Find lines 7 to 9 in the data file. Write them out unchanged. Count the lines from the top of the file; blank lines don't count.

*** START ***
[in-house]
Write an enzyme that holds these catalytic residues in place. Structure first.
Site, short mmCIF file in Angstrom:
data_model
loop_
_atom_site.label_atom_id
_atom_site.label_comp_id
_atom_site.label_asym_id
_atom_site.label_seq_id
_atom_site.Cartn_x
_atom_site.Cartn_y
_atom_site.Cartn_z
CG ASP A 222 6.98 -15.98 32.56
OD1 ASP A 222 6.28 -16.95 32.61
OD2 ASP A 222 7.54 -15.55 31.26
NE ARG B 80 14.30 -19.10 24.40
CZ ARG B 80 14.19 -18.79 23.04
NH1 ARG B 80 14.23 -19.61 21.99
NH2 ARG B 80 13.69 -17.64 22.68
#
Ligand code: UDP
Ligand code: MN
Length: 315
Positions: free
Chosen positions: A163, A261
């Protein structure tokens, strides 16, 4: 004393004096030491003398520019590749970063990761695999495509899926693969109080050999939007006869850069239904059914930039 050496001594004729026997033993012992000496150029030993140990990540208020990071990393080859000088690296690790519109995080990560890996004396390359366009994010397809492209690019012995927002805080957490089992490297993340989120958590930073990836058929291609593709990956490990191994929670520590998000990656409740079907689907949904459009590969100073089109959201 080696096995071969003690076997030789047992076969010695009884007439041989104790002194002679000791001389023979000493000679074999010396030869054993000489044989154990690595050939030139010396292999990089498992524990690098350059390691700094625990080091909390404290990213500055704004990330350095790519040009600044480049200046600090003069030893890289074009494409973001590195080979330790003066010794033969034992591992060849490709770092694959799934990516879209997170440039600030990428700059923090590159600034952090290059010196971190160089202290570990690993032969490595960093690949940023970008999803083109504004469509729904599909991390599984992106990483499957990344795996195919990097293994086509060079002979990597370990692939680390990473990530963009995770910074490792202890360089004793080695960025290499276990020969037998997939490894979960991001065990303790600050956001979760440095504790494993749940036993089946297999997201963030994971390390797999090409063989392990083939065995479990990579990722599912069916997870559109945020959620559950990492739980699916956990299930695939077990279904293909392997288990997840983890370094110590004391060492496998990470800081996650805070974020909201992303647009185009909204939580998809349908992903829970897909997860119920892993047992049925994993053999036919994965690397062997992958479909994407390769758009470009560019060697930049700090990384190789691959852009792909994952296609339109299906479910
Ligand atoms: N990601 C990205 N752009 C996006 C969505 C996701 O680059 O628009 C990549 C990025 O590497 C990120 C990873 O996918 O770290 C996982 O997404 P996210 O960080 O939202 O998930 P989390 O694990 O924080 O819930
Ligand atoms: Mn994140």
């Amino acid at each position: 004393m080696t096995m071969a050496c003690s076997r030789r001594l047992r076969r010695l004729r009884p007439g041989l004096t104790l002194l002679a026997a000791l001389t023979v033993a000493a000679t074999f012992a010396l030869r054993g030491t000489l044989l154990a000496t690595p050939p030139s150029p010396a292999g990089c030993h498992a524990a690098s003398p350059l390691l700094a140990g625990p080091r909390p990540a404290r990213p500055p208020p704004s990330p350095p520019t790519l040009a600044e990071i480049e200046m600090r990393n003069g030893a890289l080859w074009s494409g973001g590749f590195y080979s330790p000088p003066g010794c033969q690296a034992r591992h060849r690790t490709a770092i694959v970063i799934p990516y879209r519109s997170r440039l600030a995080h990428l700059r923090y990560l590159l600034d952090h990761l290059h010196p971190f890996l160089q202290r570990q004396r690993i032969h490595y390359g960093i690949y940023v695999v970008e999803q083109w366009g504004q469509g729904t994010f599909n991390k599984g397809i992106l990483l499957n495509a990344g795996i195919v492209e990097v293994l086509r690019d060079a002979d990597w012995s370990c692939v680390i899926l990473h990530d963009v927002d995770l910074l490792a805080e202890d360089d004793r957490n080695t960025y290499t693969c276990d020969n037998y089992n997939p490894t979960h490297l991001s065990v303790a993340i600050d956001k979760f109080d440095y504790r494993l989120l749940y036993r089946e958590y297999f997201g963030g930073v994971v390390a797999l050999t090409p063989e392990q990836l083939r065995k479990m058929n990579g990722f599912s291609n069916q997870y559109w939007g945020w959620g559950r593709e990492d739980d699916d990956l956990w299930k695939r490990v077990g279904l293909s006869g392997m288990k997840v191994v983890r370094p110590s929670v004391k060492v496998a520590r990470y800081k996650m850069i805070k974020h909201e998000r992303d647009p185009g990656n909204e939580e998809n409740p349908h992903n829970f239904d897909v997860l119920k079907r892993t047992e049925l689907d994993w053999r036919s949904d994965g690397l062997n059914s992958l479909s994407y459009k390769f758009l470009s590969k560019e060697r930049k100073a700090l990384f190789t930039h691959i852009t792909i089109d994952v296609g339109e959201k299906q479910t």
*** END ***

_atom_site.label_comp_id
_atom_site.label_asym_id
_atom_site.label_seq_id